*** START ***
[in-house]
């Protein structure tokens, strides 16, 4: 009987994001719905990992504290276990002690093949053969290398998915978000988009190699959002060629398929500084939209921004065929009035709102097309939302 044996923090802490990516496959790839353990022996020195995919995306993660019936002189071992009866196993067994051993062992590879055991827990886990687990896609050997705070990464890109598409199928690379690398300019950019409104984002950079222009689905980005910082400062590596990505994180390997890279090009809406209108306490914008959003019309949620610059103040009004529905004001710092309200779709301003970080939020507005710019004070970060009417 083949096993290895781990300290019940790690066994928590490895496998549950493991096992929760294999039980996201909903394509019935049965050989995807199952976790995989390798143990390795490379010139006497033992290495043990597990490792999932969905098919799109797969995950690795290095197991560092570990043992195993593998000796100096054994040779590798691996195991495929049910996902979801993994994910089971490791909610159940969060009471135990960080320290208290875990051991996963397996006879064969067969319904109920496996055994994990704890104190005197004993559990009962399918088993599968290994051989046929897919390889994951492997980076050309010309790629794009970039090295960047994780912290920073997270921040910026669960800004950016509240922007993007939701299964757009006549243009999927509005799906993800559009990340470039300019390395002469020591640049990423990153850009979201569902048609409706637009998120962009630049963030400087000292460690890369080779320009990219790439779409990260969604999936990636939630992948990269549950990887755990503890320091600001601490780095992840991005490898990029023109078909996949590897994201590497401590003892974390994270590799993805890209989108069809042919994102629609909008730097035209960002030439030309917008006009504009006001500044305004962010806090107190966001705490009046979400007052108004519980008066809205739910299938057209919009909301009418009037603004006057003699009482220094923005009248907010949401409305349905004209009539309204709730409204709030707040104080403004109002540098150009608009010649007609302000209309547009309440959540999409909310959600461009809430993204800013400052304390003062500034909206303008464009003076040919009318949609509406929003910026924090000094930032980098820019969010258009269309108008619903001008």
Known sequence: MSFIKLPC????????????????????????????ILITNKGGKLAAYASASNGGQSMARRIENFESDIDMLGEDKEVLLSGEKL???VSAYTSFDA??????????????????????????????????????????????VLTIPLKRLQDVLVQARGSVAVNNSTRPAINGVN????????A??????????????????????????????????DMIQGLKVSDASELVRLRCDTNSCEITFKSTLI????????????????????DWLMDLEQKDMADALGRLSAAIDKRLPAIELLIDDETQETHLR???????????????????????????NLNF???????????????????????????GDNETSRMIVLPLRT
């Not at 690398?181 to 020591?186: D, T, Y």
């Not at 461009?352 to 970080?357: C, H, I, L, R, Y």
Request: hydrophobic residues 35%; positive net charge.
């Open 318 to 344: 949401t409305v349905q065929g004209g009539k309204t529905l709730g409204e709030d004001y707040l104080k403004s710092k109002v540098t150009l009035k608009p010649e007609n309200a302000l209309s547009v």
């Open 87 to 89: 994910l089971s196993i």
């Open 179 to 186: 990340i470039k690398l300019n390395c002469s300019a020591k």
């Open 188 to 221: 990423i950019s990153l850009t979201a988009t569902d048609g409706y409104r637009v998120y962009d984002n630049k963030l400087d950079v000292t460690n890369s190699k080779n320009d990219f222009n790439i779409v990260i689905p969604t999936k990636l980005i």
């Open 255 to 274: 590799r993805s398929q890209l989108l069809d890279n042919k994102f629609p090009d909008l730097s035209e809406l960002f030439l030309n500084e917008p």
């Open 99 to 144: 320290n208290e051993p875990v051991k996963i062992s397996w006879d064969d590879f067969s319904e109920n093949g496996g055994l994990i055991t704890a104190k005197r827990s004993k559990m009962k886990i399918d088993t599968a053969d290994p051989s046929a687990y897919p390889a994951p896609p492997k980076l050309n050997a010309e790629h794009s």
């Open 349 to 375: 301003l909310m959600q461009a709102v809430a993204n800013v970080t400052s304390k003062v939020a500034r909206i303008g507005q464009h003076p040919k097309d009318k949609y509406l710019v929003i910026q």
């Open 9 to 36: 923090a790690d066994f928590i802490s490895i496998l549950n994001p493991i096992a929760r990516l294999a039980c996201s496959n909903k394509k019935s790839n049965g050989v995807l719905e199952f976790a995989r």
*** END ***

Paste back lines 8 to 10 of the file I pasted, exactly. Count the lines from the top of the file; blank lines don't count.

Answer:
């Open 87 to 89: 994910l089971s196993i």
């Open 179 to 186: 990340i470039k690398l300019n390395c002469s300019a020591k």
């Open 188 to 221: 990423i950019s990153l850009t979201a988009t569902d048609g409706y409104r637009v998120y962009d984002n630049k963030l400087d950079v000292t460690n890369s190699k080779n320009d990219f222009n790439i779409v990260i689905p969604t999936k990636l980005i």